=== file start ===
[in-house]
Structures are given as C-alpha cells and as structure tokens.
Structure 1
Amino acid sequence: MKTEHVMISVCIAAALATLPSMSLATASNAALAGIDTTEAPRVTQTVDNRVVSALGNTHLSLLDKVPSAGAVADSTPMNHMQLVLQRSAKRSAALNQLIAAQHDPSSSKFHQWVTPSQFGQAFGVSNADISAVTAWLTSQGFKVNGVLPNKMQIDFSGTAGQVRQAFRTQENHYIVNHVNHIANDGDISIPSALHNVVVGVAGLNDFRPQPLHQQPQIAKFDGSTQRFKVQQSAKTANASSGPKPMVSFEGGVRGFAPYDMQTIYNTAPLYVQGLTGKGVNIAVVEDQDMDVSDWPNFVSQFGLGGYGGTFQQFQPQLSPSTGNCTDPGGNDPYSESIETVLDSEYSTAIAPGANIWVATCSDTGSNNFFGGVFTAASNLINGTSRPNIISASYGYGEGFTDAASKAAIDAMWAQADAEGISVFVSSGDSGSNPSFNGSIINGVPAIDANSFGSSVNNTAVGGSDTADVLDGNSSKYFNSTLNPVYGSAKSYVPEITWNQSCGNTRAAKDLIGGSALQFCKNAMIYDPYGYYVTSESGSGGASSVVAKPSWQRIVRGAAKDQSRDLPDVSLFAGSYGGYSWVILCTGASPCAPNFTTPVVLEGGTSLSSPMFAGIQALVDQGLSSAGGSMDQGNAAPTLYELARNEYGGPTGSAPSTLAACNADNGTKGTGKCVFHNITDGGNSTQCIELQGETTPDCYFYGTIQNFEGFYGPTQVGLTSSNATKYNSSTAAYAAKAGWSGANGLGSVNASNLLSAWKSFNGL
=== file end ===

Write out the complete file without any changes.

[in-house]
Structures are given as C-alpha cells and as structure tokens.
Structure 1
Amino acid sequence: MKTEHVMISVCIAAALATLPSMSLATASNAALAGIDTTEAPRVTQTVDNRVVSALGNTHLSLLDKVPSAGAVADSTPMNHMQLVLQRSAKRSAALNQLIAAQHDPSSSKFHQWVTPSQFGQAFGVSNADISAVTAWLTSQGFKVNGVLPNKMQIDFSGTAGQVRQAFRTQENHYIVNHVNHIANDGDISIPSALHNVVVGVAGLNDFRPQPLHQQPQIAKFDGSTQRFKVQQSAKTANASSGPKPMVSFEGGVRGFAPYDMQTIYNTAPLYVQGLTGKGVNIAVVEDQDMDVSDWPNFVSQFGLGGYGGTFQQFQPQLSPSTGNCTDPGGNDPYSESIETVLDSEYSTAIAPGANIWVATCSDTGSNNFFGGVFTAASNLINGTSRPNIISASYGYGEGFTDAASKAAIDAMWAQADAEGISVFVSSGDSGSNPSFNGSIINGVPAIDANSFGSSVNNTAVGGSDTADVLDGNSSKYFNSTLNPVYGSAKSYVPEITWNQSCGNTRAAKDLIGGSALQFCKNAMIYDPYGYYVTSESGSGGASSVVAKPSWQRIVRGAAKDQSRDLPDVSLFAGSYGGYSWVILCTGASPCAPNFTTPVVLEGGTSLSSPMFAGIQALVDQGLSSAGGSMDQGNAAPTLYELARNEYGGPTGSAPSTLAACNADNGTKGTGKCVFHNITDGGNSTQCIELQGETTPDCYFYGTIQNFEGFYGPTQVGLTSSNATKYNSSTAAYAAKAGWSGANGLGSVNASNLLSAWKSFNGL